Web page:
Events are being held across Scotland on Saturday to celebrate the coronation of the King – but there will also be protests against the monarchy.
The coronation ceremony will be beamed from Westminster Abbey on to a big screen in Edinburgh’s West Princes Street Gardens, and Glasgow Cathedral will also show proceedings live.
Gun salutes have taken place at Edinburgh and Stirling castles to mark the occasion, and community events are being held up and down the country.
Hundreds watched the coronation live on screens across the estate, and cheered the Ballater Pipe Band as they played throughout the day.
Among the royal fans was Louise Gibson-Ellis, from Nebraska in the US, who is spending her honeymoon in the Royal Deeside region.
The 52-year-old has brought her new mother-in-law, Gwen Smith, 85, from London.
The pensioner, who shares a birthday with the late Queen, has fond memories of the coronation in 1953.
It was a double celebration at the Royal Deeside estate for Bjorg Jonsdottir, from Iceland, whose first grandson, as yet unnamed, was born in the early hours of the morning.
A special range of unique memorabilia and photographs relating to the royal’s Scottish visits were also exhibited in the castle’s ballroom.
The Royal Standard will fly over St Andrew’s House, the Scottish Government’s headquarters, throughout the coronation weekend.
First Minister Humza Yousaf, Lord Advocate Dorothy Bain KC and Permanent Secretary John-Paul Marks will represent the Scottish Government at the ceremony in London.
Mr Yousaf arrived at Westminster Abbey in a Slanj kilt in the Spirit of Glasgow tartan with an Asian fusion-style jacket and waistcoat designed by Glasgow-based Anjali Modha.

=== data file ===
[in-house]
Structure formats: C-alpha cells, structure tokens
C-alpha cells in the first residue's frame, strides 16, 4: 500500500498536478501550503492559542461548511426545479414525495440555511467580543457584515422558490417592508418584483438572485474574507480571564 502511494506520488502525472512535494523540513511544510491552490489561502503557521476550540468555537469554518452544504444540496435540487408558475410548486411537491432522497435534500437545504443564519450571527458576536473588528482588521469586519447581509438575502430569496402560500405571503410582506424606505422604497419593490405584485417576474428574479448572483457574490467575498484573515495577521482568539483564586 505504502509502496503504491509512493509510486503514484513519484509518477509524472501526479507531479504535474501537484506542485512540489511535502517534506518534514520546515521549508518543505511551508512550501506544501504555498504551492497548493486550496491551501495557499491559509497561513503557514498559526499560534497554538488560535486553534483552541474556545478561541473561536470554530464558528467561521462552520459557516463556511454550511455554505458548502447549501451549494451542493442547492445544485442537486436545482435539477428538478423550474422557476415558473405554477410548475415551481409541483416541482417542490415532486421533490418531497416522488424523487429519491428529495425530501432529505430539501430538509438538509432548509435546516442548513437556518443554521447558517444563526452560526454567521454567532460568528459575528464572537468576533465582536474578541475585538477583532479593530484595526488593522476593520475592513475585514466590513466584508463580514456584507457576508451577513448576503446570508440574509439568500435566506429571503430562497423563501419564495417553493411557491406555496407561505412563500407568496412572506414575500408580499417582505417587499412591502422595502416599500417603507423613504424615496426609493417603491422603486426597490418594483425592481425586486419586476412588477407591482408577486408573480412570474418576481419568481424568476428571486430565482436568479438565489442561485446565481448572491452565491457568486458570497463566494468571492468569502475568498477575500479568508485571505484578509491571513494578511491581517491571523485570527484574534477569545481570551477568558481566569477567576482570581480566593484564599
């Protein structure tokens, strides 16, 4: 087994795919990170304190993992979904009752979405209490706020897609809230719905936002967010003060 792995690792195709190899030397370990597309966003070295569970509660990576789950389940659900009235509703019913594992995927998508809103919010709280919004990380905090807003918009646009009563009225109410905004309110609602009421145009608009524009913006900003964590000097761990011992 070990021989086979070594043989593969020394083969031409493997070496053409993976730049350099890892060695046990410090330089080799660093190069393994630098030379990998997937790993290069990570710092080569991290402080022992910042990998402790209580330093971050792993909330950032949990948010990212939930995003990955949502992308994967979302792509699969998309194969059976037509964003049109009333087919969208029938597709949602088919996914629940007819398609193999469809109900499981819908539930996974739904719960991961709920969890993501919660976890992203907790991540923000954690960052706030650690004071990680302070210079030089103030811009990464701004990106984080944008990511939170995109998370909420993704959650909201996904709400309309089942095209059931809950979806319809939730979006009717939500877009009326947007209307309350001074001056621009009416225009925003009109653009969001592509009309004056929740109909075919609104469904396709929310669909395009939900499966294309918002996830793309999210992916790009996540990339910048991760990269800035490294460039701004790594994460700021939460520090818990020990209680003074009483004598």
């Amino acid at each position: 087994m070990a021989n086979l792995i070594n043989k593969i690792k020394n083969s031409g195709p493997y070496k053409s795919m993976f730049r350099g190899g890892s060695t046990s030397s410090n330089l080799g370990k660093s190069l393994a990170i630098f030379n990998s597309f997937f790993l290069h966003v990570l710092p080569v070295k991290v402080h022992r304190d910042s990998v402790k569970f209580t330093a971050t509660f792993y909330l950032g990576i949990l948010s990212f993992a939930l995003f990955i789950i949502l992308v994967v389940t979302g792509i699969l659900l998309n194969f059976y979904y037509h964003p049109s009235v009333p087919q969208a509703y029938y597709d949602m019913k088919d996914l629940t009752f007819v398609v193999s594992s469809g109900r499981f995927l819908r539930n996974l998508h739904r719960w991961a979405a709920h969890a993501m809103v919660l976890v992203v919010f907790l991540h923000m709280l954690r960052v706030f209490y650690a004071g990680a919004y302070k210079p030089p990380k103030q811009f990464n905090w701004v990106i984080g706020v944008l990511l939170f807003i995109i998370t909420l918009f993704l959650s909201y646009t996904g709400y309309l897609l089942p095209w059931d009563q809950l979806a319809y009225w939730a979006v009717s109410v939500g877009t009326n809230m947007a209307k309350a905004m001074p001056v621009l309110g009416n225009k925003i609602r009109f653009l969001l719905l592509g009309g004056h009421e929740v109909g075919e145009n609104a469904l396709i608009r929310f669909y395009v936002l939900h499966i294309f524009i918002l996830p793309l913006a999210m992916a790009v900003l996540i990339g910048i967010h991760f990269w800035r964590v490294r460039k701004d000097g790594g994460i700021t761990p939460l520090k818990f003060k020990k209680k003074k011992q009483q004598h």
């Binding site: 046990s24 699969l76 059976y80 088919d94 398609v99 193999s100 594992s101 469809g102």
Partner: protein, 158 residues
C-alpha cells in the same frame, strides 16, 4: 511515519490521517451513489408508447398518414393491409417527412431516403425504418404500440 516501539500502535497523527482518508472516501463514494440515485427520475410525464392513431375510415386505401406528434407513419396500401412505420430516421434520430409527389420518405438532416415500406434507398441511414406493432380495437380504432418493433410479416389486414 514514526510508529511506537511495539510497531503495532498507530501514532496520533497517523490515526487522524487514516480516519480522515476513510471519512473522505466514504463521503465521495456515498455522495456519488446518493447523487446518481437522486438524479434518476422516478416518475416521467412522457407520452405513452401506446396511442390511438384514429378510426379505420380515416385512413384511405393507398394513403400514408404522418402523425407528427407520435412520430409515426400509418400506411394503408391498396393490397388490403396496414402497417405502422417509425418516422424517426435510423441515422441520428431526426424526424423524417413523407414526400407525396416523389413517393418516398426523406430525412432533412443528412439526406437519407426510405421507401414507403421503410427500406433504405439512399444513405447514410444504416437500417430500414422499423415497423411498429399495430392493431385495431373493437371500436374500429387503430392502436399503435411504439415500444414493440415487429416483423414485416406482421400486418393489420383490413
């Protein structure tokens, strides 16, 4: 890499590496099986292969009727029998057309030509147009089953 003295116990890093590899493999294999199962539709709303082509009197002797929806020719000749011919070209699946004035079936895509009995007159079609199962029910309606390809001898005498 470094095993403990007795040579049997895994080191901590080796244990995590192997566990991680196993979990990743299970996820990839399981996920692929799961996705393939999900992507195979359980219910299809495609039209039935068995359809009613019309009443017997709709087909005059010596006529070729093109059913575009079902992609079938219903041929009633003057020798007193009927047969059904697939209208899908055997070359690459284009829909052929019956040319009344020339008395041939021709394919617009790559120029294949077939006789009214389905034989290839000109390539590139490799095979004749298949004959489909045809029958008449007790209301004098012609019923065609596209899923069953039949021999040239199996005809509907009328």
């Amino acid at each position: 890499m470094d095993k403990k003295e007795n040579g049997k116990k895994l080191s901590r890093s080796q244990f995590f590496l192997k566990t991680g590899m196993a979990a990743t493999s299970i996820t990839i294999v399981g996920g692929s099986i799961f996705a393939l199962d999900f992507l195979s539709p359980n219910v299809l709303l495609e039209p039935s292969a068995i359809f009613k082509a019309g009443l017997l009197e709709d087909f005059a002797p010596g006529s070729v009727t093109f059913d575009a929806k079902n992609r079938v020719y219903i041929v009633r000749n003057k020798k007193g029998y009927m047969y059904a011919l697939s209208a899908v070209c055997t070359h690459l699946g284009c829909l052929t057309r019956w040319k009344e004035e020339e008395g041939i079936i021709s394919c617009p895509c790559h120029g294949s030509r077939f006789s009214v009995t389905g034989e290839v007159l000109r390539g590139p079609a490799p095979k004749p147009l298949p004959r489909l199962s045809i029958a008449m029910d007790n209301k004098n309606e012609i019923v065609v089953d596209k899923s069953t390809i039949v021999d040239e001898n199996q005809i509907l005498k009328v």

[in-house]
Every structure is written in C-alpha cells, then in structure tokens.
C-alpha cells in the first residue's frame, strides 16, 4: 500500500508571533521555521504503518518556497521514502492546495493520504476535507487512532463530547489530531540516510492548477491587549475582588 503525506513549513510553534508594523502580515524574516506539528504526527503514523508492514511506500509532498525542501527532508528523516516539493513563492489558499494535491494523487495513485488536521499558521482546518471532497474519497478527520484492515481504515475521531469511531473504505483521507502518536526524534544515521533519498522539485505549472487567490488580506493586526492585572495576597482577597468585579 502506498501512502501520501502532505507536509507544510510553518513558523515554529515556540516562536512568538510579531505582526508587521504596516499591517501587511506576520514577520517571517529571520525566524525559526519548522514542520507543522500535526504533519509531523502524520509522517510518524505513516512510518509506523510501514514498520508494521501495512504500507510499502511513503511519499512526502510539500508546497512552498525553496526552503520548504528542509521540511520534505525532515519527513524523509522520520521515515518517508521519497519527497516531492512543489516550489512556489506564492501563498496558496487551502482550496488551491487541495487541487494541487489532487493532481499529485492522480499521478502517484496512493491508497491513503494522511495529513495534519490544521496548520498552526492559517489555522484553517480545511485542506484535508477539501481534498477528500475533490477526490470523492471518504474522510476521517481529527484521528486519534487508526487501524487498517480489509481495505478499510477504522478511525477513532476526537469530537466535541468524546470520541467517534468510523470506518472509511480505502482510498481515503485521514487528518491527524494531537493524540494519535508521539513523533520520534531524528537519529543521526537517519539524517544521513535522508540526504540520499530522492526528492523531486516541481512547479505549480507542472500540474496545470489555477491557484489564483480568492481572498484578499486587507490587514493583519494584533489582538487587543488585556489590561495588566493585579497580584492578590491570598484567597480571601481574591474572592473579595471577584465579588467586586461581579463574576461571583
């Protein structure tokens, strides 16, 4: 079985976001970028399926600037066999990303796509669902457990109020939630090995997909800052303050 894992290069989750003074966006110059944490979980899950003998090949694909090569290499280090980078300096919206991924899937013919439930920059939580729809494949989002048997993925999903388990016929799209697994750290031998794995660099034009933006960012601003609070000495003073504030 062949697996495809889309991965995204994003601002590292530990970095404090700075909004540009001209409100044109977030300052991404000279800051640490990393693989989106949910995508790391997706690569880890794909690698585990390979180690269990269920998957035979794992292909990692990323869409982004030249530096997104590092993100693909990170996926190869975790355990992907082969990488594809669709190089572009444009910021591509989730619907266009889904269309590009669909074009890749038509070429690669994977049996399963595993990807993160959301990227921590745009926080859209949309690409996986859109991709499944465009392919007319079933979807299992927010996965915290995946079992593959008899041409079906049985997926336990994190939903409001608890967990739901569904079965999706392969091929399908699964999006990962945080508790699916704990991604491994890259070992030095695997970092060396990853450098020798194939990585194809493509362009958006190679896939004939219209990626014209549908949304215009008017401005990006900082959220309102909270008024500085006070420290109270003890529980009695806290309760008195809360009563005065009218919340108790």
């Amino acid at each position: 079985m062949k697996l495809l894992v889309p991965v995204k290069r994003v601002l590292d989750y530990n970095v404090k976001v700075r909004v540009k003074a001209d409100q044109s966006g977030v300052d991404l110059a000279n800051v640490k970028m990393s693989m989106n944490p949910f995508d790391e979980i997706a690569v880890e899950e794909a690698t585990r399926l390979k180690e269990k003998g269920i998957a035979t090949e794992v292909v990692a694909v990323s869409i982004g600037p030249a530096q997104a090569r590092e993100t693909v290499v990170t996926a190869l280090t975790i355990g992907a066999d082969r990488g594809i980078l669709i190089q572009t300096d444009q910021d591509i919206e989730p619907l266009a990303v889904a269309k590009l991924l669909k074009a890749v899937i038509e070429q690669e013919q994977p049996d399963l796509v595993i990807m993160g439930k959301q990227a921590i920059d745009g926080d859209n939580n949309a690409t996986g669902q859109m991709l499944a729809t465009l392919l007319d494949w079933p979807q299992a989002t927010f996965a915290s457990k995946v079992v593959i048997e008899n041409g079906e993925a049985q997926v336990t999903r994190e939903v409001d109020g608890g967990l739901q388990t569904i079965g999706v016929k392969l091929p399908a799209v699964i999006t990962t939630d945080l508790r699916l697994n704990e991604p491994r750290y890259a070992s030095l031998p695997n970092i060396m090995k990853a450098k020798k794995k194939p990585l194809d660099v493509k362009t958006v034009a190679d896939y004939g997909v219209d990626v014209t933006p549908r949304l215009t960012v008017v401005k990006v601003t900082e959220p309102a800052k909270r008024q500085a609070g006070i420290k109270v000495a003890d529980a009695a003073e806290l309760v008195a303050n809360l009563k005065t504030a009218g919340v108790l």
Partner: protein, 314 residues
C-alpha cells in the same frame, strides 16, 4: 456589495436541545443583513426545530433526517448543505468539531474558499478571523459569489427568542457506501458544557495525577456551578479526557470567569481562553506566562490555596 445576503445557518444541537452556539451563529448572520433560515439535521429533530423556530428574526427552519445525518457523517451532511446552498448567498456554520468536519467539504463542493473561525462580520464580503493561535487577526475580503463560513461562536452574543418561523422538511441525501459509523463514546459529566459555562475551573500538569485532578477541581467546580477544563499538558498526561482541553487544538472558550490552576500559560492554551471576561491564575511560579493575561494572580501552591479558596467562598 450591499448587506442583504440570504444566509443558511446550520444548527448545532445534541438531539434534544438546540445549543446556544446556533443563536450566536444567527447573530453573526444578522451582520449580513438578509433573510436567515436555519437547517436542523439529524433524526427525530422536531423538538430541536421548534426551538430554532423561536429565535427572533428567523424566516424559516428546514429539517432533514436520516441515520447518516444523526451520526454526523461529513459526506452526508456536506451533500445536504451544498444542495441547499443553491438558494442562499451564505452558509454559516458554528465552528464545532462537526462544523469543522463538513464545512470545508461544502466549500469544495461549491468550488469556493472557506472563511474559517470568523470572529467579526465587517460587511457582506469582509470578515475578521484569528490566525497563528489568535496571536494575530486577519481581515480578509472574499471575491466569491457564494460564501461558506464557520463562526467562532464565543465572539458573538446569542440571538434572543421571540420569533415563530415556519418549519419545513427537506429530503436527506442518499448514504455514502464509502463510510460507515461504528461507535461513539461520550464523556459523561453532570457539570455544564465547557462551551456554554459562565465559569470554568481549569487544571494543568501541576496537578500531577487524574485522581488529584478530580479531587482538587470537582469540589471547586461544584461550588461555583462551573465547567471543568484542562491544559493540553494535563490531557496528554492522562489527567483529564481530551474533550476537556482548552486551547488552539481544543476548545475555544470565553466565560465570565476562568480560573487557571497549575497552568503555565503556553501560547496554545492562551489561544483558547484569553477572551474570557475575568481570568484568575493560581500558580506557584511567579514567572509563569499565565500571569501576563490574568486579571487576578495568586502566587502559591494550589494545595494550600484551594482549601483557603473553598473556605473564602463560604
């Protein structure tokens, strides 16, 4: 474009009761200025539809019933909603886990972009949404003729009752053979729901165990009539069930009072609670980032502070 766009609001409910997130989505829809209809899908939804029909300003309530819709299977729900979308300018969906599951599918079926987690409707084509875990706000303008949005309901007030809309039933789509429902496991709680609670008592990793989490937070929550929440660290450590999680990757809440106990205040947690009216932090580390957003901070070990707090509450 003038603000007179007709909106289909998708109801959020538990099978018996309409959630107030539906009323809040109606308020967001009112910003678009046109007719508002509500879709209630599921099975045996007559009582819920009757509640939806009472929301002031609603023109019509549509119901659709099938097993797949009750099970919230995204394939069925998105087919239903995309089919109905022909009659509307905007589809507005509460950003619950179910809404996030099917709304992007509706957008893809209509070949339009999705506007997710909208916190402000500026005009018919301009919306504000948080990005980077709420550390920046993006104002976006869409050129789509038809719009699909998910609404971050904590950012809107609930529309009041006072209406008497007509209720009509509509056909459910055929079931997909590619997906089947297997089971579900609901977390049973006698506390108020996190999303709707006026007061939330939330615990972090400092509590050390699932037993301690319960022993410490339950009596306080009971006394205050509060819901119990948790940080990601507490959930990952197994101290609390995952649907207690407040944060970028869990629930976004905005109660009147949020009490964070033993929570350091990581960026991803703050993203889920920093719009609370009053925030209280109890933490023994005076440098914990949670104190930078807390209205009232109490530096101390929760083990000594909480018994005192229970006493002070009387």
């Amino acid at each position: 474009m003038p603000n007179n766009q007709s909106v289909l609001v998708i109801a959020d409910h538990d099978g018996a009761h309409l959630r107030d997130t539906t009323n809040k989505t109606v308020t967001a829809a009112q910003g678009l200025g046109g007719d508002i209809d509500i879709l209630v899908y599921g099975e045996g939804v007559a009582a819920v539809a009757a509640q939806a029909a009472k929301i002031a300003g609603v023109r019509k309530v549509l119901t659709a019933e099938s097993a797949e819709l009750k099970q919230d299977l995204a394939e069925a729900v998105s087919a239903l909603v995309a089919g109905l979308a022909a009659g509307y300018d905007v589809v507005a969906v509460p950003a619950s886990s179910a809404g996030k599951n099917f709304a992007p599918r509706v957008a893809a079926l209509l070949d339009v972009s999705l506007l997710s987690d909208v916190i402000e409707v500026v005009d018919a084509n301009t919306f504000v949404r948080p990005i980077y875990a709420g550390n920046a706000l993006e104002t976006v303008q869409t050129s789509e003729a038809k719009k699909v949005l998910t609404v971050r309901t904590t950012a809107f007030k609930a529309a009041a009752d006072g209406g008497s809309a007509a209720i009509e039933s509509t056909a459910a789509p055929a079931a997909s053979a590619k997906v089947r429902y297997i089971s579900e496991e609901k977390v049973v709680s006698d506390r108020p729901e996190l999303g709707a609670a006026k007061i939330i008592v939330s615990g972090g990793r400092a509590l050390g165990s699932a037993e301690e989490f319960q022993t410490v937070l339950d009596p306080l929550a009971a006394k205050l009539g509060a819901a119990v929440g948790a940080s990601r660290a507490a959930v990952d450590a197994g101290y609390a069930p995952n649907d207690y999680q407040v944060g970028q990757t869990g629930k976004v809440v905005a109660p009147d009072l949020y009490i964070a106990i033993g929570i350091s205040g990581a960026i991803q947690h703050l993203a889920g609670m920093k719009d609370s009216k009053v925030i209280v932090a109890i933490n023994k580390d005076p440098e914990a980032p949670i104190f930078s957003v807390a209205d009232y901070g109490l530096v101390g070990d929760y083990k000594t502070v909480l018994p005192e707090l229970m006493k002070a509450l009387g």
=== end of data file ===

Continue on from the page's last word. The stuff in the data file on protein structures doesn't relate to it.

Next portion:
Mr Yousaf said: “I will attend at the coronation ceremony as First Minister, on behalf of the Scottish people – and many people across the country will also take part in the celebrations by watching the ceremony on big screens, hosting street parties or taking part in charity or volunteering.
“I look forward to participating in the ceremony when His Majesty is presented with the Honours of Scotland at a service at St Giles’ Cathedral later this year.
“I know many people in Scotland will want to send their best wishes to King Charles III and Queen Camilla on this historic occasion.”
Among the scores of people at Glasgow Cathedral to watch the ceremony on screens around the historic building was US tourist Kathy Kowalski.
The 74-year-old, from St Mary’s County, Maryland, said: “We’re on a tour of Scotland and Ireland so we decided to come here to see the cathedral and it so happened they were showing the coronation.
“I like watching it but being an American it’s like ‘couldn’t you have spent that money helping someone else, helping the poor? But that’s just me’.”
Members of 105 Regiment Royal Artillery fired the salute, with members of the 3rd Battalion, The Royal Regiment of Scotland (3 Scots) taking up position as castle guard musicians from Reserve Bands of The Royal Regiment of Scotland and adult instructors with the Army Cadet Force performed.
They played God Save The King after the gun salute.
As some people celebrate, others will be protesting against the event.
A recent poll suggested the majority of people north of the border do not care about the coronation, with the YouGov survey of more than 1,000 Scots finding 72% either do not care about it at all or do not care very much.
Our Republic, which wants an elected head of state, will also stage a protest in Edinburgh.
The event, on Calton Hill, will see Scottish Government minister and Scottish Greens co-leader Lorna Slater speak, as will SNP MP Tommy Sheppard and Green MSP Maggie Chapman.